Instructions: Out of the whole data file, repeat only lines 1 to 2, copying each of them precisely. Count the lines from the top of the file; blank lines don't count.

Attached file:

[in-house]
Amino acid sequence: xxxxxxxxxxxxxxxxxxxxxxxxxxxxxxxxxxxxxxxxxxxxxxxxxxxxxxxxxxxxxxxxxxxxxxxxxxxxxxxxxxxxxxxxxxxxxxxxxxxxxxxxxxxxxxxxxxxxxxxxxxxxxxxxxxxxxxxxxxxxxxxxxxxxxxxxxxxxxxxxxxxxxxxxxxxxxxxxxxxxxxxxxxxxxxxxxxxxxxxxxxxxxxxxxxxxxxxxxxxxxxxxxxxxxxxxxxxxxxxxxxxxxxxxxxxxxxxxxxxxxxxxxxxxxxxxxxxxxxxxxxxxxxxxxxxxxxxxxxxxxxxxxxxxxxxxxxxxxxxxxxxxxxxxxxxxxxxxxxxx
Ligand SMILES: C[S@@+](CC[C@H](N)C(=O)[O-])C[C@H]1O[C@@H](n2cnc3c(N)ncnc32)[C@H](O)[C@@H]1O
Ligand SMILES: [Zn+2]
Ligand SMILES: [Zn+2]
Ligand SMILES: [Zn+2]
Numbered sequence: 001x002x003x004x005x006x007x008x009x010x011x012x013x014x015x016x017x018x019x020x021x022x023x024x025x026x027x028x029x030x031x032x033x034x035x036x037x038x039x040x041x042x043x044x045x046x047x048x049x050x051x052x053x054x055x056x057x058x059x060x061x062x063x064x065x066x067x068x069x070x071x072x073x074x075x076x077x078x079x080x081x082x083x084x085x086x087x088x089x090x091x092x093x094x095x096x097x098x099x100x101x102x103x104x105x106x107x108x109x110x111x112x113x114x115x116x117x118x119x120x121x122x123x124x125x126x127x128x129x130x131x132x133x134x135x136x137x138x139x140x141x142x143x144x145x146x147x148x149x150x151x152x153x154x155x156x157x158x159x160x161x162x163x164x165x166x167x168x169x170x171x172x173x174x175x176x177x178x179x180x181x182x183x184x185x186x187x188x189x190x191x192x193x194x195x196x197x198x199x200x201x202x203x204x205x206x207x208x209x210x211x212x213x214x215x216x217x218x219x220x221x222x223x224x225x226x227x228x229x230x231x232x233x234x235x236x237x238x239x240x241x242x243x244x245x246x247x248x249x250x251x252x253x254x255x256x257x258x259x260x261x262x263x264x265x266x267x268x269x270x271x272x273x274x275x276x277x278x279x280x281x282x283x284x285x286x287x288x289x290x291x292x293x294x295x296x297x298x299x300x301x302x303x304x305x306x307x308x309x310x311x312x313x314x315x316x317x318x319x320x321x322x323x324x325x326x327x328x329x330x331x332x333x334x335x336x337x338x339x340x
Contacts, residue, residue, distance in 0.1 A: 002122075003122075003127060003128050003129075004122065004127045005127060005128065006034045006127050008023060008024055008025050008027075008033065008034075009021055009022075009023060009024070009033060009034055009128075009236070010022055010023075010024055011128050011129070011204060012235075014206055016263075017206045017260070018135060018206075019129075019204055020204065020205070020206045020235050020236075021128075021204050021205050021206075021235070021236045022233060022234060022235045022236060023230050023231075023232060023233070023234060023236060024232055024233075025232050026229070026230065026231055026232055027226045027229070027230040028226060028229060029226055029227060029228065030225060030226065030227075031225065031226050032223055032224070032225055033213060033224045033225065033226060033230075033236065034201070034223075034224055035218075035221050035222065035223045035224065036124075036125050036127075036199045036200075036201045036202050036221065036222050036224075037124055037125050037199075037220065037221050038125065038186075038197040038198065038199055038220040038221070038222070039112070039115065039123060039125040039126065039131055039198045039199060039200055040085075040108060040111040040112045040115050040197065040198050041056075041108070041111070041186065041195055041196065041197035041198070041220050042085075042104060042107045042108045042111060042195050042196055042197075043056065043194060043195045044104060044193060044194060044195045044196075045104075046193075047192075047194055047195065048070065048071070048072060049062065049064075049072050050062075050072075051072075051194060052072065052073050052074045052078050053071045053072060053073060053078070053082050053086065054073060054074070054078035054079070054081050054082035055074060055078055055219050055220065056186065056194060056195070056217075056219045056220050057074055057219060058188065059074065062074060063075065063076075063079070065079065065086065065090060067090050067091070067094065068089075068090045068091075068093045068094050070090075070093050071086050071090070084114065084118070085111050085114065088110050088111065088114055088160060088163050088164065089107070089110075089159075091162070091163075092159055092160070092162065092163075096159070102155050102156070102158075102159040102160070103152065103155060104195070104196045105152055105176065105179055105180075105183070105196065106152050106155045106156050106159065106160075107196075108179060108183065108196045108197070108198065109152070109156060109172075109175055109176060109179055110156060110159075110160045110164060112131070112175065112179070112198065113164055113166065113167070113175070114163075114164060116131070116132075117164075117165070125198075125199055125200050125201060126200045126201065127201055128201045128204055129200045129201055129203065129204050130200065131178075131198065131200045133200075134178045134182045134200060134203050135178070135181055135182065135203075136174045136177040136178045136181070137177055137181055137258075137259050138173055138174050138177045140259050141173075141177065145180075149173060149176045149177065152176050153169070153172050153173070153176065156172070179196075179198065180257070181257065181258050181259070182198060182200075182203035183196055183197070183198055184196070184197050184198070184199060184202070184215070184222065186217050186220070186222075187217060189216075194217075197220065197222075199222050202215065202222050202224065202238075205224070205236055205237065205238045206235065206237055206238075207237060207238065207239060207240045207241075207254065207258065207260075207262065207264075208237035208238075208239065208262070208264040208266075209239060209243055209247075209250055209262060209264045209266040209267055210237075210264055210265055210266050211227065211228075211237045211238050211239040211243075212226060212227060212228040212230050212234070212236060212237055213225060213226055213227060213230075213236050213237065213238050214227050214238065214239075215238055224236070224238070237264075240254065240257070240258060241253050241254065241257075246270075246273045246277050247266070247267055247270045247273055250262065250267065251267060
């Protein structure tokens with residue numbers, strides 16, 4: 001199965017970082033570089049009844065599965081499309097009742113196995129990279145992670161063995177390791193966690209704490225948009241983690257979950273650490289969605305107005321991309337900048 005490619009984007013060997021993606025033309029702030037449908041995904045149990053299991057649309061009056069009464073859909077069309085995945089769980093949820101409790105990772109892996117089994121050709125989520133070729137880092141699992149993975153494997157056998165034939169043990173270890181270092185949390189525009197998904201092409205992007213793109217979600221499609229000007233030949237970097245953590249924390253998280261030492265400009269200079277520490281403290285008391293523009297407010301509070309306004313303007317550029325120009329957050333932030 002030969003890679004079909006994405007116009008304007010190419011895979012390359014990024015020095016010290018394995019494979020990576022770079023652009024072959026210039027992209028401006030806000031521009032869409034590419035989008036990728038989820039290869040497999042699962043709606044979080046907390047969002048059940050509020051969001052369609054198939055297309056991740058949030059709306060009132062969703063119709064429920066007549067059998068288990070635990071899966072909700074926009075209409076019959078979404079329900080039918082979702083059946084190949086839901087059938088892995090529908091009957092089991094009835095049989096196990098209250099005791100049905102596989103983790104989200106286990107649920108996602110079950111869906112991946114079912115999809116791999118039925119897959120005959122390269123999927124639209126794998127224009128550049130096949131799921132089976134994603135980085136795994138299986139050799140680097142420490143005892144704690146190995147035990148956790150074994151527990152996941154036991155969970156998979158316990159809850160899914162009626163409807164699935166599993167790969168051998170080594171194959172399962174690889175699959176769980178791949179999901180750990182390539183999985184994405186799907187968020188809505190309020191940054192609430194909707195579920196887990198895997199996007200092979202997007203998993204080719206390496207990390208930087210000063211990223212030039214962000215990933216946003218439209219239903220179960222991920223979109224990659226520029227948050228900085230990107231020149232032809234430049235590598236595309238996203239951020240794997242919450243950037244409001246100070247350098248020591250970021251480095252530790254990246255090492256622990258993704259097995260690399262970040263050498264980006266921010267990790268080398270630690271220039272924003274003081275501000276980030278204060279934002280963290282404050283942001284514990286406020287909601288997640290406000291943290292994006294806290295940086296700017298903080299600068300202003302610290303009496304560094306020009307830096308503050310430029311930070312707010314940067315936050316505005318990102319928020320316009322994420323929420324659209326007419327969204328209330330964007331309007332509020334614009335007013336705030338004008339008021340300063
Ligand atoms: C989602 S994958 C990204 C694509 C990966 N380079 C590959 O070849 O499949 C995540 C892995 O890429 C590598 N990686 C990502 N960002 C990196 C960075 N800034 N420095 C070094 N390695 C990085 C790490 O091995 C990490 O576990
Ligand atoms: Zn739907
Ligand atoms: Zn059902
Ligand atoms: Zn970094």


[in-house]
Amino acid sequence: xxxxxxxxxxxxxxxxxxxxxxxxxxxxxxxxxxxxxxxxxxxxxxxxxxxxxxxxxxxxxxxxxxxxxxxxxxxxxxxxxxxxxxxxxxxxxxxxxxxxxxxxxxxxxxxxxxxxxxxxxxxxxxxxxxxxxxxxxxxxxxxxxxxxxxxxxxxxxxxxxxxxxxxxxxxxxxxxxxxxxxxxxxxxxxxxxxxxxxxxxxxxxxxxxxxxxxxxxxxxxxxxxxxxxxxxxxxxxxxxxxxxxxxxxxxxxxxxxxxxxxxxxxxxxxxxxxxxxxxxxxxxxxxxxxxxxxxxxxxxxxxxxxxxxxxxxxxxxxxxxxxxxxxxxxxxxxxxxxxx